Earlier this year we visited Te Papa Museum in Wellington and was captivated by the stories in the Gallipoli: The scale of War exhibition. The exhibition brought the stories of the New Zealanders who found themselves in a whole new world that they could never have expected as they landed on the beach in World War One.
Their stories give a small insight what it was like at Gallipoli. Although the portraits accompanying this blog capture the moment in time portrayed by the museum. The backgrounds have been altered to be far from the burrows and hills they faced in Gallipoli. They are pictured in the landscapes that they grew up in and fought for.
Lieutenant Colonel Percival Fenwich was one of the first Doctors ashore. It is said the sky was alight and on fire when he hit the beach. In the first 24 hours, he treated hundreds of fellow soldiers. He quickly set up a casualty station and tried to sort out systems and get more supplies as the casualties grew and grew.
Private Jack Dunn landed on the beach one of the fittest in his unit. However, in severe conditions and lack of a food he came down with pneumonia after the first brutal month of fighting. Still sick and not well he was sent back to the front line where he fell asleep at his post and was sentenced to death for endangering his fellow troops. The death sentence was overturned and instead of facing fire from his own he was sent back to face the bullets of the enemy.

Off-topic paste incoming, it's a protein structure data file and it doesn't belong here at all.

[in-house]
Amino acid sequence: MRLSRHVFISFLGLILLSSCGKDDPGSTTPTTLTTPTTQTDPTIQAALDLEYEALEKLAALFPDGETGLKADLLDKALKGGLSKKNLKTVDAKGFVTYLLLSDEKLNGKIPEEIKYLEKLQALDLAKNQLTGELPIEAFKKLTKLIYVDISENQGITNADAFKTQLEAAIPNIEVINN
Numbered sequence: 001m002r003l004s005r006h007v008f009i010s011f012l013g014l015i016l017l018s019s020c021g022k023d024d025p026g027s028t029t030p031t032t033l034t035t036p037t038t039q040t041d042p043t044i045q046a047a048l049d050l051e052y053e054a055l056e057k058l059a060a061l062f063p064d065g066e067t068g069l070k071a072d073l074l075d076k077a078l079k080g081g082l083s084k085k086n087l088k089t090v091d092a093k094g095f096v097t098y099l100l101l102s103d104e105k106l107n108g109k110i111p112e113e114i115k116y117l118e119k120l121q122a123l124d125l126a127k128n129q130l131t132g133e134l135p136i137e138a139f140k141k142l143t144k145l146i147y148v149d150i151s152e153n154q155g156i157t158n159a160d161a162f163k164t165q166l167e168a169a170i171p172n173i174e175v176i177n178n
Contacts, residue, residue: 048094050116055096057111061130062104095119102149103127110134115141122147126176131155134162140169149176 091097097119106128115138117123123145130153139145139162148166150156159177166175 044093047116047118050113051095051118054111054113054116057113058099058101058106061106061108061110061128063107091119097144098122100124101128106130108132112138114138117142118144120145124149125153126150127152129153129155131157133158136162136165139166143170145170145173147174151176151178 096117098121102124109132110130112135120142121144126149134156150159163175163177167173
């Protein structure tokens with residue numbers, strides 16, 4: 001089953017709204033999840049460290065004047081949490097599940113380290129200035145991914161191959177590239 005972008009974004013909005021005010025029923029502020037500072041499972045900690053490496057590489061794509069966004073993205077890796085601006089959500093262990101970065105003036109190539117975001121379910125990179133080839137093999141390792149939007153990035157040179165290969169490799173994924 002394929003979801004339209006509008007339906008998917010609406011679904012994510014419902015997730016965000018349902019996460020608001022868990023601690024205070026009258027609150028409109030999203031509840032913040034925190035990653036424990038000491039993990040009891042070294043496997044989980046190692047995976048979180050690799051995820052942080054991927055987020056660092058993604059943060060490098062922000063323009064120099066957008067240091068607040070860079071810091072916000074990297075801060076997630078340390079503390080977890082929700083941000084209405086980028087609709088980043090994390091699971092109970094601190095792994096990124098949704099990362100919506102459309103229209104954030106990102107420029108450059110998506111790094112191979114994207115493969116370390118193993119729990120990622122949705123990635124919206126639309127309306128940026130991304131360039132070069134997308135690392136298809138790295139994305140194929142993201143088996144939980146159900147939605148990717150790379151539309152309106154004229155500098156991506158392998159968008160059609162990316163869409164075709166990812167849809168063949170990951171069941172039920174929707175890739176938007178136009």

Sergeant Cecil Malthus fought many times at Quinn’s post, one of the most exposed spots on the front line. He left Gallopoli the night before the last soldier left and headed to France for four months getting a taste of French warfare on the Western Front. In September 1916 he fought in the Battle of the Somme surviving the first day where 600 fellow New Zealanders died. 10 days later, he was wounded although he considered himself lucky as another 2000 New Zealanders would die in this period.
Nurse Lottie Le Gallais was one of ten nurses selected and left for Gallopoli eager to meet up with her brother Leddie who was stationed there. A few days before leaving she wrote to him, sharing news of her selection.
“..very proud I am to be on the staff. Goodness knows when you will get this letters, or when I will get one from you, perhaps we will meet first.”
It was not to be a happy ending with all of Lotties letters to be returned back to her. Leddie had been dead four months. Lotties hands tingled and everything began to move slow. She described the feeling as some trick of the mind.
On this ANZAC Day we remember those who have served and appreciate those that are currently serving our country in times of conflict and crisis. We respect and take pride in their service and reflect on their sacrifice. Lest We Forget.